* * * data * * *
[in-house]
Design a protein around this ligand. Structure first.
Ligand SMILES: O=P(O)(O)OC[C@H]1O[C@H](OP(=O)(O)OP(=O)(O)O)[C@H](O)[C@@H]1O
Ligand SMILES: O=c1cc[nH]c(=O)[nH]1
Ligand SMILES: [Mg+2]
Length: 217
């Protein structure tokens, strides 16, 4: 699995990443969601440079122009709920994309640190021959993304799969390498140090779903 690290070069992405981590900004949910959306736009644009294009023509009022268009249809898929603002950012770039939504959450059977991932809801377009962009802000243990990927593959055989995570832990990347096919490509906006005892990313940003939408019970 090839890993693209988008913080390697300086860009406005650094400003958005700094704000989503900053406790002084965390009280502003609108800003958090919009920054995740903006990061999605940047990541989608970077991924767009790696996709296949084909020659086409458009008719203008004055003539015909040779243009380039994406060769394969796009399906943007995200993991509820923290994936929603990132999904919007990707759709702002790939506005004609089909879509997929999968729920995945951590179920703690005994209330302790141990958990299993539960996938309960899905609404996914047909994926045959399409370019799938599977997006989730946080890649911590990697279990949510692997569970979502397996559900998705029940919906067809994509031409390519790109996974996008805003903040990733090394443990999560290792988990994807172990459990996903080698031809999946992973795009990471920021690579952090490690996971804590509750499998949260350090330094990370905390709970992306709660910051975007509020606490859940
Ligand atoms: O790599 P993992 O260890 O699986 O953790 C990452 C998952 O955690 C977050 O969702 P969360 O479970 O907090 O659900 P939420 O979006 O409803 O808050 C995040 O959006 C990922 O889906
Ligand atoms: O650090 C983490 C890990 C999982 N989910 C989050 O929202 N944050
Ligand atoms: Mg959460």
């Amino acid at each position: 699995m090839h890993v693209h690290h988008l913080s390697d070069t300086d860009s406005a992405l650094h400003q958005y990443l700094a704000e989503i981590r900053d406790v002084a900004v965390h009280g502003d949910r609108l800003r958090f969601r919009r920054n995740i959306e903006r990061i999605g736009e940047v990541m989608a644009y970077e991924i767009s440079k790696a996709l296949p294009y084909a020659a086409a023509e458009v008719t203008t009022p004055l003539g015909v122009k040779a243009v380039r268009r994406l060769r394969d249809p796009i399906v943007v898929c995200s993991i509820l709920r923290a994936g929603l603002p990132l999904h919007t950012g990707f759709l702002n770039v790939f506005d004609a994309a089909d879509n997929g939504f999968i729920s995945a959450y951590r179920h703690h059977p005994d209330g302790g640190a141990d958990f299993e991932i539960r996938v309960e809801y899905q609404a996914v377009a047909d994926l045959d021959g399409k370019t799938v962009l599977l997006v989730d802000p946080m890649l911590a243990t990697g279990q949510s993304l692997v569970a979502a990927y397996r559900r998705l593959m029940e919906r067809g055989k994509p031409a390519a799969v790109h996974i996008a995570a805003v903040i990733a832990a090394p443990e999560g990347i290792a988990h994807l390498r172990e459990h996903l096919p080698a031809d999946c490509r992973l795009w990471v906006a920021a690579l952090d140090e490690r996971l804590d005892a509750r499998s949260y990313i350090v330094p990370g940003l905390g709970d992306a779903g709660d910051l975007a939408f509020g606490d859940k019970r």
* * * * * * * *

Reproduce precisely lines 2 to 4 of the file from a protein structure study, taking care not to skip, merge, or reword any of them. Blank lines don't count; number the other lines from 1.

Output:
Design a protein around this ligand. Structure first.
Ligand SMILES: O=P(O)(O)OC[C@H]1O[C@H](OP(=O)(O)OP(=O)(O)O)[C@H](O)[C@@H]1O
Ligand SMILES: O=c1cc[nH]c(=O)[nH]1